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Charles Evans Hughes, Sr. (April 11, 1862 – August 27, 1948) was an American statesman, lawyer and politician who served as the 26th President of the United States (1917–1925) and later as United States Secretary of State (1925–1929) and as the eleventh Chief Justice of the United States (1930–1941). Prior to defeating incumbent President Woodrow Wilson in the 1916 election, Hughes served as the 36th Governor of New York (1907–1910), and Associate Justice of the Supreme Court of the United States (1910–1916).
1916 Presidential Election
Hughes resigned from the Supreme Court on June 10, 1916, to be the Republican candidate for President in 1916. Despite many thinking that incumbent Woodrow Wilson would win his reelected bid, there were many who were angry with that fact that he hadn't responded to the recent attacks on American ships by German U-boats. Hughes received widespread support for his moderate stance in the rather laissez-faire dominated Republican Party. He campaigned on a policy of "Peace with Justice", where Germany would face repercussions for the increase in attacks on American ships. Hughes handily defeated Wilson in the election.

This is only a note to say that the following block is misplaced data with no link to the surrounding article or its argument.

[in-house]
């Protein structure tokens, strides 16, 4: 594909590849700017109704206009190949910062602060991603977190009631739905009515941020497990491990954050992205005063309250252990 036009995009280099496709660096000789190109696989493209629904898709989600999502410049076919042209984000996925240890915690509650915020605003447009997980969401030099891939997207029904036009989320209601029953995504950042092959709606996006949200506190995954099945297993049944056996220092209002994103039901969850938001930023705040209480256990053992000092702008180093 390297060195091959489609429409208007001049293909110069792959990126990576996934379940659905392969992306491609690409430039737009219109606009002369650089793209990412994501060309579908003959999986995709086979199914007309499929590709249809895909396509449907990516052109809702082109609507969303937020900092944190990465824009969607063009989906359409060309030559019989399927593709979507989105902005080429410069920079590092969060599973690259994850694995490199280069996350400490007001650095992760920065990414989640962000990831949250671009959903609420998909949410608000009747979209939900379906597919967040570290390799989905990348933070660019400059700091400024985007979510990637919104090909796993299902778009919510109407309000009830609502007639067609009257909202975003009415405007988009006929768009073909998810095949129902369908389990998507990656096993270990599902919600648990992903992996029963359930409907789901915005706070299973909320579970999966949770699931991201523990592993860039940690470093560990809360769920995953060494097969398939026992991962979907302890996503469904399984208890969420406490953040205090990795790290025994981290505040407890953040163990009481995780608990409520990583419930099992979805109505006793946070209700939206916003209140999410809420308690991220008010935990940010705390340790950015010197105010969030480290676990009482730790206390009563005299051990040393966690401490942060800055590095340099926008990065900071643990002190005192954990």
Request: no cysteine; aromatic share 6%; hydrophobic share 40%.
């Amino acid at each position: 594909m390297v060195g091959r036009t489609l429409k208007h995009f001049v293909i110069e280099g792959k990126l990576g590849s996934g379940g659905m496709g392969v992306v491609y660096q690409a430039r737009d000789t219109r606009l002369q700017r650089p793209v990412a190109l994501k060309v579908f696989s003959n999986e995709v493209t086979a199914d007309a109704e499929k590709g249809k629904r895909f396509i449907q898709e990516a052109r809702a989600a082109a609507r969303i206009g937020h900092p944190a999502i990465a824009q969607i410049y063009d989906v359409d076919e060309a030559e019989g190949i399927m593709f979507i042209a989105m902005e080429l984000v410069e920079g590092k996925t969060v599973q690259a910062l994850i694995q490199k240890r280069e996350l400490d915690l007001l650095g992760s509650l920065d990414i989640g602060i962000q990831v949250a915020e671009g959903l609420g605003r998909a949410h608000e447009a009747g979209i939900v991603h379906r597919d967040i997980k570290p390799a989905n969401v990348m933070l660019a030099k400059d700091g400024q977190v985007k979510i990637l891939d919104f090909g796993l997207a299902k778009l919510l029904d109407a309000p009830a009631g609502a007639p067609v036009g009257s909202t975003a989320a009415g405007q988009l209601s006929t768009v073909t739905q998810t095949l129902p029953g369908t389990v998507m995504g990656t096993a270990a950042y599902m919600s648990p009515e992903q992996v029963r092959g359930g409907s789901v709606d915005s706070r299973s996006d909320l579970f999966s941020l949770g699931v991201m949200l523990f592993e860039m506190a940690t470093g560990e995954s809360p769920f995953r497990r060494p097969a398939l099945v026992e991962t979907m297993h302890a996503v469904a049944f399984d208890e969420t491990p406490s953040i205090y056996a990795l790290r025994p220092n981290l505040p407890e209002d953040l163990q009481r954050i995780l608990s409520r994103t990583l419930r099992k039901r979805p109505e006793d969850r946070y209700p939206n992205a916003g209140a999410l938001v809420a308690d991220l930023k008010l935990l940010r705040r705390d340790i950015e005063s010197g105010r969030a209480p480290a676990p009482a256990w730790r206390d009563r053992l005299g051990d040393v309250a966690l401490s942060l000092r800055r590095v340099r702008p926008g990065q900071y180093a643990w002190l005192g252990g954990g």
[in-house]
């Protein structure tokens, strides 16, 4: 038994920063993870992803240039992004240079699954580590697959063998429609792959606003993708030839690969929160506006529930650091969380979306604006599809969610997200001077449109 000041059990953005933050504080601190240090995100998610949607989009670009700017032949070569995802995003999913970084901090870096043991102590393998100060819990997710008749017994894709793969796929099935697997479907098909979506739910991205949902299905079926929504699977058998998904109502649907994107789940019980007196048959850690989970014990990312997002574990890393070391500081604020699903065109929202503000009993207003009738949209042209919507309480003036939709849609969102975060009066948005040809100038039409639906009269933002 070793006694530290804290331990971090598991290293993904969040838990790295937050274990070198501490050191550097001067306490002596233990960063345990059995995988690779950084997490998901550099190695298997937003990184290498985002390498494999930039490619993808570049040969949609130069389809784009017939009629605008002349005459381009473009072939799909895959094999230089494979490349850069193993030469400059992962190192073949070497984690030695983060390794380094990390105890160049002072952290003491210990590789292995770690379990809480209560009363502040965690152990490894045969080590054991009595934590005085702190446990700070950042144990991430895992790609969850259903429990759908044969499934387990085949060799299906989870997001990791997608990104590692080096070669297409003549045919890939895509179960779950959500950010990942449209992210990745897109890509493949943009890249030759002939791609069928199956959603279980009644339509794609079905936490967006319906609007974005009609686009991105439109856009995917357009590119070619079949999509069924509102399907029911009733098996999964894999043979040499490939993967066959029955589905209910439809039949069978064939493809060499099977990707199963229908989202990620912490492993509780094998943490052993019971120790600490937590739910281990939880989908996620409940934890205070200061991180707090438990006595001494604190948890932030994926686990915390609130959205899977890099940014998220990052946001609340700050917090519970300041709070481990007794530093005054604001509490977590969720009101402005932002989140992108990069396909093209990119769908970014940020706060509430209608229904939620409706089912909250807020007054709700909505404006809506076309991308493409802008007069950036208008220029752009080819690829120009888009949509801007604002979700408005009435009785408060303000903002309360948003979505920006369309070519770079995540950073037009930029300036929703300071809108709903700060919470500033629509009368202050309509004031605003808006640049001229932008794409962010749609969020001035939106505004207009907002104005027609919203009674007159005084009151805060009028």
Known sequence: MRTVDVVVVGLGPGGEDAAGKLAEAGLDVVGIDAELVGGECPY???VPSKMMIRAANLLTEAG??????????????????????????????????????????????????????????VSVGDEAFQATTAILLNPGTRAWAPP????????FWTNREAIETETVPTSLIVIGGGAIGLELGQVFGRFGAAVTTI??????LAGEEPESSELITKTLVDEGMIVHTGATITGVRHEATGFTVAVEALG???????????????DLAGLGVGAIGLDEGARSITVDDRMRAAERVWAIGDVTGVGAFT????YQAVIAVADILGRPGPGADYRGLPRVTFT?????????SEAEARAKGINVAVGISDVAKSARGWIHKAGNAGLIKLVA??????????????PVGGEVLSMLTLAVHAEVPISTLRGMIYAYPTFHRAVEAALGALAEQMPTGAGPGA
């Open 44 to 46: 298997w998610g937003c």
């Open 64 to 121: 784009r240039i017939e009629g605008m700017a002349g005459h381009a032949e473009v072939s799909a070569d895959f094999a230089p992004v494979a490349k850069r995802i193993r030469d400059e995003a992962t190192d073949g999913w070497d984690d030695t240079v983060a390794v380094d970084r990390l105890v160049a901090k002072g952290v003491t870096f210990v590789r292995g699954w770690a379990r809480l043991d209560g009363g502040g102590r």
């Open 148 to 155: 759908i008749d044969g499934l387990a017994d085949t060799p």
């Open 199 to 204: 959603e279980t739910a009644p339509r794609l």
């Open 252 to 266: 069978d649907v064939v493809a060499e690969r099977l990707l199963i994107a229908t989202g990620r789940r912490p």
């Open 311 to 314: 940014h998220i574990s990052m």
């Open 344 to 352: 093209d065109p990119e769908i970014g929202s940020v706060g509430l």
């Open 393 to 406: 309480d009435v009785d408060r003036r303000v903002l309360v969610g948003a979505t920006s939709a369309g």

First Term 1917-1921
Within a month of his first term, Hughes asked for a declaration of war against Germany. This was in response to Germany sending a telegram to Mexico asking for assistance if the U.S. were to enter the war.
The success of World War I led to an easy election for President Hughes who went up against former Vice-President Thomas R. Marshall. Hughes even carried states in the south like Georgia and Texas.